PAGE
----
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Praise for city veterinary clinic

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The Kimberley CCS Clinic has been praised by community members and veterinary graduates.

Dr Simone Jacobs examines Bully, a one-year-old boerboel who has been losing weight, who is being held by his owner, George Bullets from Galeshewe. Picture: Soraya Crowie

THE KIMBERLEY CCS Clinic has been praised by community members and veterinary graduates as it is a “lifeline” for both animal lovers and graduates who may find themselves without work due to lack of experience.

The national Department of Agriculture, Land Reform and Rural Development implemented the programme in the Northern Cape at the beginning of 2016, in response to the need for veterinary students to complete their studies, which is similar to the community service done by medical graduates.

In 2016 there were only four veterinarians in Kimberley and two in Seodin.

With an annual budget of R1 million from the department and the Comprehensive Agriculture Support Programme (CASP), funds will be utilised for equipment, medicine and other consumables.

From 2016 to 2022, 10 veterinarians have completed their community service year and two are currently busy at the Kimberley CCS Clinic.

The Northern Cape has 37 veterinarians and seven more who need to complete their practicals. Among them is Kimberley-born Dr Simone Jacobs, who says that if it wasn’t for the programme she would most likely be an unemployed graduate.

She believes it gives new veterinarians the opportunity to be skilled before entering the workplace as fully qualified vets.

“I am home and enjoy the spoils of being home, like cooked, mom-made meals, laundry done and working close to home,” says Jacobs.

“I applied to Kimberley as my first option, knowing that not many would want to be here, but this is where I come from. So in a small way, I’m serving my community and gaining valuable experience.”

Northern Cape Department of Agriculture, Environmental Affairs, Rural Development and Land Reform spokesperson Zandisile Luphahla explained that the programme provides a unique opportunity for new veterinarians to develop their knowledge, critical thinking and problem-solving skills.

“The objective is to send veterinarians to under-serviced and difficult to access areas,” Luphala said.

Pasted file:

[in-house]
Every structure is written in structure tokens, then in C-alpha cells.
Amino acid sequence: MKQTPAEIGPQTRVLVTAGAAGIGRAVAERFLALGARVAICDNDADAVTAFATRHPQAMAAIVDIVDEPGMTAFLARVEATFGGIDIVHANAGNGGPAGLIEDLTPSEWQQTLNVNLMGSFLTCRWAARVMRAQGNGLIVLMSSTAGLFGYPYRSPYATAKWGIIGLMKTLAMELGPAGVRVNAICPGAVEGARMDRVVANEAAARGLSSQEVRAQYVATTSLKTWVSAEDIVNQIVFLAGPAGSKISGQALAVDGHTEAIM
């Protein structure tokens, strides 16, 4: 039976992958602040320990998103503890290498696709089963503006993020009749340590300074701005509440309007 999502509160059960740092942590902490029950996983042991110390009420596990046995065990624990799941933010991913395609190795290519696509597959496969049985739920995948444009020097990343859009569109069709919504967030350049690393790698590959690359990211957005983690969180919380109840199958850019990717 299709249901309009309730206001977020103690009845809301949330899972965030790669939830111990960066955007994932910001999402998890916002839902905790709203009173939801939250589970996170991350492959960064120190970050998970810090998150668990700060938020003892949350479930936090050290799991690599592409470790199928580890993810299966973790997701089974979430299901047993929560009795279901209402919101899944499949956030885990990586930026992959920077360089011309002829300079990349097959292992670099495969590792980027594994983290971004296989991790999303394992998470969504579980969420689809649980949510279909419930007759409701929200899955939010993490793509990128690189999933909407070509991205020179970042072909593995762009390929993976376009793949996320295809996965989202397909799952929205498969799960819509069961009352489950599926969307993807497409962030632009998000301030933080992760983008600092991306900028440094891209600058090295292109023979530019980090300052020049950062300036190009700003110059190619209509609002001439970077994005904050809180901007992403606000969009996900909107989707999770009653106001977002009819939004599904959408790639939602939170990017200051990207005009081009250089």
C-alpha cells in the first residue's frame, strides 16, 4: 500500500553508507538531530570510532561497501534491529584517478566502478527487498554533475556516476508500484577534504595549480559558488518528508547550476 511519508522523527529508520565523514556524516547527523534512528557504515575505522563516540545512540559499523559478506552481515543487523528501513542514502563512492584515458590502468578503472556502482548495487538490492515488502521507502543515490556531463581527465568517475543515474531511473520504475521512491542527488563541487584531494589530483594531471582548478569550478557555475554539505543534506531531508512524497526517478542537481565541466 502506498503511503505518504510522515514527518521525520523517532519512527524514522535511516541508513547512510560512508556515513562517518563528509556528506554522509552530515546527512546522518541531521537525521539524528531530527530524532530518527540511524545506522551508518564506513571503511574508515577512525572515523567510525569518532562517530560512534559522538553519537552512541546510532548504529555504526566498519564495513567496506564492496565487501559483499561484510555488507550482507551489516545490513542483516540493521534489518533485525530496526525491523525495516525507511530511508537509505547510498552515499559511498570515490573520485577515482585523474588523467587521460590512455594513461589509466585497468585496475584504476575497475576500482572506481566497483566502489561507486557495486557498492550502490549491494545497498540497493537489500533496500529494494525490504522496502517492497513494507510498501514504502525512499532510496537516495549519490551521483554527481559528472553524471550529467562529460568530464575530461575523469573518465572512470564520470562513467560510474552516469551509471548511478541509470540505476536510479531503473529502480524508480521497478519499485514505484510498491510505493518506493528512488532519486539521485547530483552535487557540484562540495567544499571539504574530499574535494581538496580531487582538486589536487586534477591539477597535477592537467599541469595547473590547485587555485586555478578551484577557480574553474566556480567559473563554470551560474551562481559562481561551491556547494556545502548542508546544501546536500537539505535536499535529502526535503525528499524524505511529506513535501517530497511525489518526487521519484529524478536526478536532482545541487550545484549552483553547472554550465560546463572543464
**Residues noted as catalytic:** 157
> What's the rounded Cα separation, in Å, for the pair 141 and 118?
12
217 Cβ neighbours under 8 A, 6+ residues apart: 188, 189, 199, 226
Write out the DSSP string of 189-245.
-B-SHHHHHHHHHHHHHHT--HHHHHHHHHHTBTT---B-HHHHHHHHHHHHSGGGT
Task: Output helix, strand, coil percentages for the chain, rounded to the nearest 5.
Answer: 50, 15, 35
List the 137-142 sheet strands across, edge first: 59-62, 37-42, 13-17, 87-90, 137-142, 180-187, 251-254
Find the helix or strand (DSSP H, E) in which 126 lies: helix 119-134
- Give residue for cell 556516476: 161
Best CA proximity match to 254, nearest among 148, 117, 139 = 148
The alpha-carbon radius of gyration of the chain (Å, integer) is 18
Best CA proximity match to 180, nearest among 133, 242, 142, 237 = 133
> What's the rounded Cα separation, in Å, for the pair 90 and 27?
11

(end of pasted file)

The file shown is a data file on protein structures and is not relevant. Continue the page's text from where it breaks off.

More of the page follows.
Pet owner Chantal Douland has been using the services of the clinic for over a year and is very satisfied with the service she receives.

“The staff are friendly and assist me with dignity.’’

Douland was at the clinic to have her pit bull puppy vaccinated. She believes that the clinic offers a valuable service to community members who are unable to pay the costs of private veterinary care.

Ali Mohamed, who brought his sick pit bull to the clinic, was grateful as he believes it would have cost him a fortune had he gone to a private vet.

He praised the young staff for their kindness in treating his sick pets. “The service provided is not only affordable but clean and welcoming,’’ Mohamed explains.

Another pet owner added that she too would not have been able to afford veterinary care if it was not for the Kimberley CCS Clinic.

She has been using the clinic for over four years to keep her pets healthy and their vaccinations up to date.

“I paid R350 to have my female puppy sterilised, not even the SPCA charges that amount. I’ll bring my older dogs for sterilisation too as I can only afford to do one a month.’’

Luphahla explained that private veterinarians, welfare organisations and state veterinary services apply for the services of a “CCS” veterinarian from the department. Once these applications are approved, the students receive a list of available positions. He/she chooses 15 options and is randomly allocated to an establishment. The selection process is completed before the final practical year of study starts.

Veterinarians conduct farm visits and attend to animals in the communities on a call-out system. Farmers are encouraged to contact the clinic to request assistance from the veterinarians.

The clinic renders services to persons with a household income of less than R5 000/month, pensioners, communal farmers and child-headed households.

Proof of income is requested and must be shown when visiting the clinic.

The clinic also assists the SPCA and other welfare groups that deliver services to the community, as well as conducting outreaches to surrounding towns. They also participate in the bi-annual World Rabies Day, which will take place on September 28 this year.

Since January this year, 521 animals were vaccinated against rabies and other diseases at the Kimberley CCS Clinic.

The Province has two other similar clinics in Prieska and Seodin.

The clinics can be contacted at the following numbers:

CCS Kimberley – 0876300274 / 083 302 3716

CCS Seodin – 083 452 9877

CCS Prieska – 083 452 987

Office hours are from 7.30am to 4pm, with consultations starting at 9am. The public is encouraged to make an appointment before visiting the clinic.

No after-hours or weekend services are rendered.

The Kimberley clinic situated in Park Road, behind the Teacher’s Centre. Picture: Soraya Crowie

Chantal Douland, with her pit bull puppy, Ali Mohamed, with his sick pit bull, and Dinple “Dinkie” Modise, receptionis at the Kimberley CCS Veterinary Clinic. Picture: Soraya Crowie

Picture: Soraya Crowie

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